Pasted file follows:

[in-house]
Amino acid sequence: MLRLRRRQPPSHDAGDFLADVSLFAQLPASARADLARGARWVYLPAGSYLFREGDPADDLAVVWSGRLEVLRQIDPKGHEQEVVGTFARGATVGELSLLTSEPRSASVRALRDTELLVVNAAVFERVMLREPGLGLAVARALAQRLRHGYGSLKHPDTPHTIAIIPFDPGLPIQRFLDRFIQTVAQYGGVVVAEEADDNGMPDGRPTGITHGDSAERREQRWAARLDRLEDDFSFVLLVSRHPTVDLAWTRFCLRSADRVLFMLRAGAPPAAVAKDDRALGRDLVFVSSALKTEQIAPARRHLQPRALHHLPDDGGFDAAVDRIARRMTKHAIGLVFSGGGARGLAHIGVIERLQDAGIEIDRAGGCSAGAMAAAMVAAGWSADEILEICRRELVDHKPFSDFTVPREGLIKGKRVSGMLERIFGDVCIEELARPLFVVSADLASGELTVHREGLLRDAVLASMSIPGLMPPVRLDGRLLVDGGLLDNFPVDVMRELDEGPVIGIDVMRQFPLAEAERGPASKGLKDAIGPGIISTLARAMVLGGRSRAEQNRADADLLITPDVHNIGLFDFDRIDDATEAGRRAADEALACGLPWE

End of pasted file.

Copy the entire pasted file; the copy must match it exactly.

[in-house]
Amino acid sequence: MLRLRRRQPPSHDAGDFLADVSLFAQLPASARADLARGARWVYLPAGSYLFREGDPADDLAVVWSGRLEVLRQIDPKGHEQEVVGTFARGATVGELSLLTSEPRSASVRALRDTELLVVNAAVFERVMLREPGLGLAVARALAQRLRHGYGSLKHPDTPHTIAIIPFDPGLPIQRFLDRFIQTVAQYGGVVVAEEADDNGMPDGRPTGITHGDSAERREQRWAARLDRLEDDFSFVLLVSRHPTVDLAWTRFCLRSADRVLFMLRAGAPPAAVAKDDRALGRDLVFVSSALKTEQIAPARRHLQPRALHHLPDDGGFDAAVDRIARRMTKHAIGLVFSGGGARGLAHIGVIERLQDAGIEIDRAGGCSAGAMAAAMVAAGWSADEILEICRRELVDHKPFSDFTVPREGLIKGKRVSGMLERIFGDVCIEELARPLFVVSADLASGELTVHREGLLRDAVLASMSIPGLMPPVRLDGRLLVDGGLLDNFPVDVMRELDEGPVIGIDVMRQFPLAEAERGPASKGLKDAIGPGIISTLARAMVLGGRSRAEQNRADADLLITPDVHNIGLFDFDRIDDATEAGRRAADEALACGLPWE